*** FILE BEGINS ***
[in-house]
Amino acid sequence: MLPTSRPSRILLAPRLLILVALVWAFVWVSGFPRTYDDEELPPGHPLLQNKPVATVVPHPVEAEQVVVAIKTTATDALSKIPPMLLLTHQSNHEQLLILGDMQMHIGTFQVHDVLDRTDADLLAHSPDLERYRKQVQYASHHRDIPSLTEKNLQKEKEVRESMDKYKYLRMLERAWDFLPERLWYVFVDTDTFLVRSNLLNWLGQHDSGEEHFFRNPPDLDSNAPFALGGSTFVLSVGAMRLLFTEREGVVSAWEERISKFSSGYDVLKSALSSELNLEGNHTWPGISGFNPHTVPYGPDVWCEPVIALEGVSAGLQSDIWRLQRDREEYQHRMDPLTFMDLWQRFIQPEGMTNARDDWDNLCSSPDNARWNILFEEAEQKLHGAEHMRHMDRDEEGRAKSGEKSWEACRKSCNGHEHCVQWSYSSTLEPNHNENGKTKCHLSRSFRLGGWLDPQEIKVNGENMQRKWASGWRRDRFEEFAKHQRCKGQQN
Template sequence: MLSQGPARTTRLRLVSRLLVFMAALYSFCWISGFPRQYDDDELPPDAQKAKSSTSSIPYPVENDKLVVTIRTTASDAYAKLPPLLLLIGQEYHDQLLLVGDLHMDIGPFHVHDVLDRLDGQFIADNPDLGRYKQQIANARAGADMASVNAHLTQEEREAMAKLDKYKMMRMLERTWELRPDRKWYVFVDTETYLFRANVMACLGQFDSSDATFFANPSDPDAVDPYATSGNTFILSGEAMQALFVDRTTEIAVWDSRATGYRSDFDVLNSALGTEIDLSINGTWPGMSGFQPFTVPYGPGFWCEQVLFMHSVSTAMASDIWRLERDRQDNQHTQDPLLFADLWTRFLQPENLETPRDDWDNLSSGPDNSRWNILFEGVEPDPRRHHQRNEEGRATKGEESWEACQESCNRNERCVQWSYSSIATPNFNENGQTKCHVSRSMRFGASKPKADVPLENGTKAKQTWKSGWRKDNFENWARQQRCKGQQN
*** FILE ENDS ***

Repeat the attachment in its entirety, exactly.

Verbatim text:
[in-house]
Amino acid sequence: MLPTSRPSRILLAPRLLILVALVWAFVWVSGFPRTYDDEELPPGHPLLQNKPVATVVPHPVEAEQVVVAIKTTATDALSKIPPMLLLTHQSNHEQLLILGDMQMHIGTFQVHDVLDRTDADLLAHSPDLERYRKQVQYASHHRDIPSLTEKNLQKEKEVRESMDKYKYLRMLERAWDFLPERLWYVFVDTDTFLVRSNLLNWLGQHDSGEEHFFRNPPDLDSNAPFALGGSTFVLSVGAMRLLFTEREGVVSAWEERISKFSSGYDVLKSALSSELNLEGNHTWPGISGFNPHTVPYGPDVWCEPVIALEGVSAGLQSDIWRLQRDREEYQHRMDPLTFMDLWQRFIQPEGMTNARDDWDNLCSSPDNARWNILFEEAEQKLHGAEHMRHMDRDEEGRAKSGEKSWEACRKSCNGHEHCVQWSYSSTLEPNHNENGKTKCHLSRSFRLGGWLDPQEIKVNGENMQRKWASGWRRDRFEEFAKHQRCKGQQN
Template sequence: MLSQGPARTTRLRLVSRLLVFMAALYSFCWISGFPRQYDDDELPPDAQKAKSSTSSIPYPVENDKLVVTIRTTASDAYAKLPPLLLLIGQEYHDQLLLVGDLHMDIGPFHVHDVLDRLDGQFIADNPDLGRYKQQIANARAGADMASVNAHLTQEEREAMAKLDKYKMMRMLERTWELRPDRKWYVFVDTETYLFRANVMACLGQFDSSDATFFANPSDPDAVDPYATSGNTFILSGEAMQALFVDRTTEIAVWDSRATGYRSDFDVLNSALGTEIDLSINGTWPGMSGFQPFTVPYGPGFWCEQVLFMHSVSTAMASDIWRLERDRQDNQHTQDPLLFADLWTRFLQPENLETPRDDWDNLSSGPDNSRWNILFEGVEPDPRRHHQRNEEGRATKGEESWEACQESCNRNERCVQWSYSSIATPNFNENGQTKCHVSRSMRFGASKPKADVPLENGTKAKQTWKSGWRKDNFENWARQQRCKGQQN